Tag Archives: Australian Academy of Science

Imago

Francesca Rendle-Short. Imago. Spinifex, 1996, ISBN: 1875559361

Molly Rose and Jimmy are ten pound poms, settling in the still-lakeless 1960s Australian capital to further Jimmy’s career as a soil scientist. Strange, awkward, terribly English Jimmy is never likely to fit in, though. Much later, Molly reflects that Jimmy had

never been in Australia, truly a part of the landscape, even though he’d tried. Jimmy had loved Australia as an armchair adventurer would, fairly trembling from want, from afar, as an idea…

Molly, though, is both discovering herself and making herself anew, in the image of this new land she finds herself in, and in that of her neighbour, Marj. Molly is virtually a child bride. She celebrates her 19th birthday on the ship voyage to Australia. While she is open-eyed about her life and her relationship with Jimmy, Australia, and Canberra, is her chance to move beyond the strictures of life with her mother, and of life in England.

The men in Marj and Molly’s lives are largely absent. Molly never knew her father, killed in the war before she was born. Strange, stuttering Jimmy is absent from the marital bed, and absent also from the house for long stretches, away on scientific expeditions ‘up north’. Marj’s husband Kevin is also away much of the time, on work gangs building roads and other infrastructure around the growing capital.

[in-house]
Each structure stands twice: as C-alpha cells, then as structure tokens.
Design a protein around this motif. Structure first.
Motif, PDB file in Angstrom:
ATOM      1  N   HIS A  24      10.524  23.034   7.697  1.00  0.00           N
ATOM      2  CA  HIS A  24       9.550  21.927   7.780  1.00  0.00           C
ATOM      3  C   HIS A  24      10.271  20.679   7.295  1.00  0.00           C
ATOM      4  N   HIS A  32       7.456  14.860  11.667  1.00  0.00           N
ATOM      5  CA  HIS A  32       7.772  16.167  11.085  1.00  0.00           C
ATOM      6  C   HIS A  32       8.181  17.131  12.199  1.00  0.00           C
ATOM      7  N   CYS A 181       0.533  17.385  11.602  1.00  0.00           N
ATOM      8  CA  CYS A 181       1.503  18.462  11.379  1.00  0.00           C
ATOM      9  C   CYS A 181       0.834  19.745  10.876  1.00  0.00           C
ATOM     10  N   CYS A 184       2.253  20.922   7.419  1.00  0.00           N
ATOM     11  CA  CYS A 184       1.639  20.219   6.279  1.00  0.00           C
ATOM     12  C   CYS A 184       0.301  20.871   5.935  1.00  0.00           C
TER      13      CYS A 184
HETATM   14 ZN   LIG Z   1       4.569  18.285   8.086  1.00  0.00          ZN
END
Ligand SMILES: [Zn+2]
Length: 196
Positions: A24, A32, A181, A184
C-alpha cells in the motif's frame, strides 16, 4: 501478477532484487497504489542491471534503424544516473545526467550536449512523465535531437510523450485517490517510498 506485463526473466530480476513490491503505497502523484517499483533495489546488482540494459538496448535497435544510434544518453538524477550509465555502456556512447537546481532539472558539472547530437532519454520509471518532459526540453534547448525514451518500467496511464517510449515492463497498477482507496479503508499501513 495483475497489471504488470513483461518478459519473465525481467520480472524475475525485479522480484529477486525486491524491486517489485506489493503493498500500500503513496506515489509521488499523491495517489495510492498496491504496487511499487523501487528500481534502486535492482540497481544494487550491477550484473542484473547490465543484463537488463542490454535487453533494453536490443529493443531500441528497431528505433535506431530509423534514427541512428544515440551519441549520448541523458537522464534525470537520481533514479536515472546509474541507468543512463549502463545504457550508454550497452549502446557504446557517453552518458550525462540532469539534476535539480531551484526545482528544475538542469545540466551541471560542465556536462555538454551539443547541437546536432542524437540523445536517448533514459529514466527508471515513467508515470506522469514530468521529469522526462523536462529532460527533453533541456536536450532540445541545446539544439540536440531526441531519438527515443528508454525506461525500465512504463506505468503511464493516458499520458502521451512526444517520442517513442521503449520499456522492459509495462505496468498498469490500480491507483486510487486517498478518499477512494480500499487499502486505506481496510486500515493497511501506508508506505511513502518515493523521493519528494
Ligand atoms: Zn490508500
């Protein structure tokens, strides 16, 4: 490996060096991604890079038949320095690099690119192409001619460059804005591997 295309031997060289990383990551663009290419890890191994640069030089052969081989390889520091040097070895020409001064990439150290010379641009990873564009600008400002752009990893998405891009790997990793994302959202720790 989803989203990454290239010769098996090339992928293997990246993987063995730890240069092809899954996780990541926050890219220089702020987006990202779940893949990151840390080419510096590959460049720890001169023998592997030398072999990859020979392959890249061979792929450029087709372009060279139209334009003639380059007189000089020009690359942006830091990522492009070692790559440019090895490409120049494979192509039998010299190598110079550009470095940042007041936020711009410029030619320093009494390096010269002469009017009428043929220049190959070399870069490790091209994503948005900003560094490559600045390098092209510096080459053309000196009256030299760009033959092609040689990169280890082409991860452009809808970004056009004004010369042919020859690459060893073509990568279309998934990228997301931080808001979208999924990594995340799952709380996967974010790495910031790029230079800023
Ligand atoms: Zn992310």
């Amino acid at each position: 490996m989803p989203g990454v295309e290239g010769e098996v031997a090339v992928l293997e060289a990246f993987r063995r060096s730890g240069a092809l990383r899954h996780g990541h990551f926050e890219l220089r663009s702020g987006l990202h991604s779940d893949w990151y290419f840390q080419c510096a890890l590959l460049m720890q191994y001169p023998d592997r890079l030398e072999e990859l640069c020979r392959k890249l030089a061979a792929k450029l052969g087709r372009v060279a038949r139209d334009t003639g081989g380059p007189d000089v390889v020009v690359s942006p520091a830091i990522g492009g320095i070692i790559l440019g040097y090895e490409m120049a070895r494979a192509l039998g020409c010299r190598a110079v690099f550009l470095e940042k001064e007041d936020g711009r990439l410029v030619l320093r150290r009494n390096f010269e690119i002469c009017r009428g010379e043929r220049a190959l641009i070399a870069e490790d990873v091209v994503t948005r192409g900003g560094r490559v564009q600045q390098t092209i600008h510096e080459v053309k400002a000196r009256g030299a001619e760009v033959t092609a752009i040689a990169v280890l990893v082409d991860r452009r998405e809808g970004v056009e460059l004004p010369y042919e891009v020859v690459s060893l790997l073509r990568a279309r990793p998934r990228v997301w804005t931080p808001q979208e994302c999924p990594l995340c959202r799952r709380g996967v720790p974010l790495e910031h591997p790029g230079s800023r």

Molly’s experience of Canberra and of Marj are almost the same thing. The woman and the landscape overlap, merge, coalesce. The surrounding Brindabellas and the loud bulk of fat Marj are equally constant, protective marks in the landscape. What Molly wants most is to belong, to make a place for herself, both in Australia and in Marj’s life.

Their two houses are side by side on the slopes of Mount Ainslie, and the two women from time to time climb the hill to look out on the city.

Marj pointed out all the landmarks of the town, her fat arm swaying, digging holes in the air. Parliament House, bleached white, St John’s steeple, the War Memorial… The flood plain and meandering willow trees of the Molonglo River over which the planned lake would wash… She threw in the dome of the Science Academy, thinking Molly would be interested for Jimmy’s sake. Everything was detached and separated by grassy expanses and paddocks and rows and circles and trees, so that from where Molly and Marj were perched, it looked as if you could pick up the pieces and rearrange the monuments and avenues, like a child’s set of blocks.

For Molly, the land is feminine. One that afternoon when Marj shows her Canberra from Mount Ainslie, the Brindabellas

lay quite still, like lounging naked women pleased with their shapes, their legs and arms and torsos and behinds all knotted in an early evening haze…. It gave her goose pimples, similar to when she first met Marj.

Marj is for Molly inseparable from the landscape. She has always been there “pioneers really – when it wasn’t much more than a thought on paper”. And Molly seems also not to always know quite where she ends and Marj begins. The borders between Marj, Molly and the mountains are indistinct.